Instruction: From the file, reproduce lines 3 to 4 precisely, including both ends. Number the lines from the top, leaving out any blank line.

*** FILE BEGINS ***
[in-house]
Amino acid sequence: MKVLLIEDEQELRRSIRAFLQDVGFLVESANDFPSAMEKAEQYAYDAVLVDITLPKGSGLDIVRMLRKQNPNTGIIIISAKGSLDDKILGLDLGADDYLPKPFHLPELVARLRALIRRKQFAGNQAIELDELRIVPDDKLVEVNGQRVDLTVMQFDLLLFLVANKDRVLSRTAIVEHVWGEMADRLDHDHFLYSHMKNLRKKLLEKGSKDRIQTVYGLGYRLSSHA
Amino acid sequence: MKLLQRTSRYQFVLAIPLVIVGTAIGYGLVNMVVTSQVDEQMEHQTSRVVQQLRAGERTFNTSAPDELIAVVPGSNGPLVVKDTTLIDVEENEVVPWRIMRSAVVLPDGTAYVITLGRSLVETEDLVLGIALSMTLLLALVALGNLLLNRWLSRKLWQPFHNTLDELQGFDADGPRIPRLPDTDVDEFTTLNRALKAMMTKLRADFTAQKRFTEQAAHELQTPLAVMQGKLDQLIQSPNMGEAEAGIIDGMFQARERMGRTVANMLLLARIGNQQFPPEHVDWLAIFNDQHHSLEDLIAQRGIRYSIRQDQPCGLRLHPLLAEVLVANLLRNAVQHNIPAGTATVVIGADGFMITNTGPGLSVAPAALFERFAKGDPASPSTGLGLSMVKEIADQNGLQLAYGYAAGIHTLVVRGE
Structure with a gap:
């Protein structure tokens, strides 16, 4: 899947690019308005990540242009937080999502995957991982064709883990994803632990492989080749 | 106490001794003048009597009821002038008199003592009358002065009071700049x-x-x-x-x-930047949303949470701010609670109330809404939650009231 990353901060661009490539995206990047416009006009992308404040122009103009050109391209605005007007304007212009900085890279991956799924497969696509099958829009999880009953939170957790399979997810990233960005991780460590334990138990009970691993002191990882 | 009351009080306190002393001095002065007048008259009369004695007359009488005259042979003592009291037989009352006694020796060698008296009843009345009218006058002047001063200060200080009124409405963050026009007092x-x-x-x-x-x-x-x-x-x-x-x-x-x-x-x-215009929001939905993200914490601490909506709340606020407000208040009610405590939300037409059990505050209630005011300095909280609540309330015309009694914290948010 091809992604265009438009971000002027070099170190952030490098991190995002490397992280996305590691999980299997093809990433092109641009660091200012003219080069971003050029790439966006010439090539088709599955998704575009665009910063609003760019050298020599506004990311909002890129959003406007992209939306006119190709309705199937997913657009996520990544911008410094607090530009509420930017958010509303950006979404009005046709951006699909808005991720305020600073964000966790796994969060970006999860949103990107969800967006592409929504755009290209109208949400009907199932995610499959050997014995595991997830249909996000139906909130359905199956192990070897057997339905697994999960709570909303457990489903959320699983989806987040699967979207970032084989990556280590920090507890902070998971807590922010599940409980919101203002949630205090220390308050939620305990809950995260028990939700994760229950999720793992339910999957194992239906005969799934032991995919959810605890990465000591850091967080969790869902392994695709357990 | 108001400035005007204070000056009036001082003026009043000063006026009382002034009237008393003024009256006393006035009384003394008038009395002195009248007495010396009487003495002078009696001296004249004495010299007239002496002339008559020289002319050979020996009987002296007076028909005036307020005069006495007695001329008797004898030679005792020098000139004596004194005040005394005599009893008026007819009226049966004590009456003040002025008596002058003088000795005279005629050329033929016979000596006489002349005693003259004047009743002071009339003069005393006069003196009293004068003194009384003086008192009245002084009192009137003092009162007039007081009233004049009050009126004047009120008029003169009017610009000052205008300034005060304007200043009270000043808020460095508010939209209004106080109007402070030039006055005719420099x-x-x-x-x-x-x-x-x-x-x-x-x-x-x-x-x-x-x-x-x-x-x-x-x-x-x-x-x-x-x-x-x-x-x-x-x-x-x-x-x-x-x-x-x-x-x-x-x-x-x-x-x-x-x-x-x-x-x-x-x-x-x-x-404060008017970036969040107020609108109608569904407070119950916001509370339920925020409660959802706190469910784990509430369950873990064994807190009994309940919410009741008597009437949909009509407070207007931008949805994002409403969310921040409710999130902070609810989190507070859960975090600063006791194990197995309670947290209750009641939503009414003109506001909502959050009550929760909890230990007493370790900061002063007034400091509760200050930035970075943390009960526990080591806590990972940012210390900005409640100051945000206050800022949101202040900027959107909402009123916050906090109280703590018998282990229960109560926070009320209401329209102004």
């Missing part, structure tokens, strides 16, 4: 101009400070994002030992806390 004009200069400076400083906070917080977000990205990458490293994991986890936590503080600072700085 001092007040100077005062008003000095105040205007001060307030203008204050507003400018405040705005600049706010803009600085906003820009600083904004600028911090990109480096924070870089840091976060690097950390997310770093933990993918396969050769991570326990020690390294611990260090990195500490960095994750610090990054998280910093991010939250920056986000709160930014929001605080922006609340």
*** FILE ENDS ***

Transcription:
Amino acid sequence: MKLLQRTSRYQFVLAIPLVIVGTAIGYGLVNMVVTSQVDEQMEHQTSRVVQQLRAGERTFNTSAPDELIAVVPGSNGPLVVKDTTLIDVEENEVVPWRIMRSAVVLPDGTAYVITLGRSLVETEDLVLGIALSMTLLLALVALGNLLLNRWLSRKLWQPFHNTLDELQGFDADGPRIPRLPDTDVDEFTTLNRALKAMMTKLRADFTAQKRFTEQAAHELQTPLAVMQGKLDQLIQSPNMGEAEAGIIDGMFQARERMGRTVANMLLLARIGNQQFPPEHVDWLAIFNDQHHSLEDLIAQRGIRYSIRQDQPCGLRLHPLLAEVLVANLLRNAVQHNIPAGTATVVIGADGFMITNTGPGLSVAPAALFERFAKGDPASPSTGLGLSMVKEIADQNGLQLAYGYAAGIHTLVVRGE
Structure with a gap: